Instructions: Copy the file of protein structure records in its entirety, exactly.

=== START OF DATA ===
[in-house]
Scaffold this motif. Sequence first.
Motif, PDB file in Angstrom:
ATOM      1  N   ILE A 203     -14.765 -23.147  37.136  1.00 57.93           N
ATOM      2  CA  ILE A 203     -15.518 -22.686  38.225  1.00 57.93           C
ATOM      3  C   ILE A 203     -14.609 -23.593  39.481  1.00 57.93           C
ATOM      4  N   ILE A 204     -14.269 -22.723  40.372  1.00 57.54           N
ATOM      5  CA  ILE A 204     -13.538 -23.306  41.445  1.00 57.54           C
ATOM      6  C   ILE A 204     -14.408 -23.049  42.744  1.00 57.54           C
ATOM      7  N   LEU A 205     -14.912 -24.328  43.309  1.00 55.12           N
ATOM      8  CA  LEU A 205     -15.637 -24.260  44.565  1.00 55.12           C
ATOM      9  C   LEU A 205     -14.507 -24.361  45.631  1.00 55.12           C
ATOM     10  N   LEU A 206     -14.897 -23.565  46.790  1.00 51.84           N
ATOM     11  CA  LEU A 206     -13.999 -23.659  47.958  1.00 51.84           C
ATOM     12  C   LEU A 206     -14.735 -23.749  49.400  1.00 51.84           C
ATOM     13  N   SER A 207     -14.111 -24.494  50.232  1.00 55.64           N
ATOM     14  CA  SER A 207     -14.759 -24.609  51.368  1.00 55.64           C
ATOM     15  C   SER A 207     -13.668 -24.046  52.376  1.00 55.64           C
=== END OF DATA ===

[in-house]
Scaffold this motif. Sequence first.
Motif, PDB file in Angstrom:
ATOM      1  N   ILE A 203     -14.765 -23.147  37.136  1.00 57.93           N
ATOM      2  CA  ILE A 203     -15.518 -22.686  38.225  1.00 57.93           C
ATOM      3  C   ILE A 203     -14.609 -23.593  39.481  1.00 57.93           C
ATOM      4  N   ILE A 204     -14.269 -22.723  40.372  1.00 57.54           N
ATOM      5  CA  ILE A 204     -13.538 -23.306  41.445  1.00 57.54           C
ATOM      6  C   ILE A 204     -14.408 -23.049  42.744  1.00 57.54           C
ATOM      7  N   LEU A 205     -14.912 -24.328  43.309  1.00 55.12           N
ATOM      8  CA  LEU A 205     -15.637 -24.260  44.565  1.00 55.12           C
ATOM      9  C   LEU A 205     -14.507 -24.361  45.631  1.00 55.12           C
ATOM     10  N   LEU A 206     -14.897 -23.565  46.790  1.00 51.84           N
ATOM     11  CA  LEU A 206     -13.999 -23.659  47.958  1.00 51.84           C
ATOM     12  C   LEU A 206     -14.735 -23.749  49.400  1.00 51.84           C
ATOM     13  N   SER A 207     -14.111 -24.494  50.232  1.00 55.64           N
ATOM     14  CA  SER A 207     -14.759 -24.609  51.368  1.00 55.64           C
ATOM     15  C   SER A 207     -13.668 -24.046  52.376  1.00 55.64           C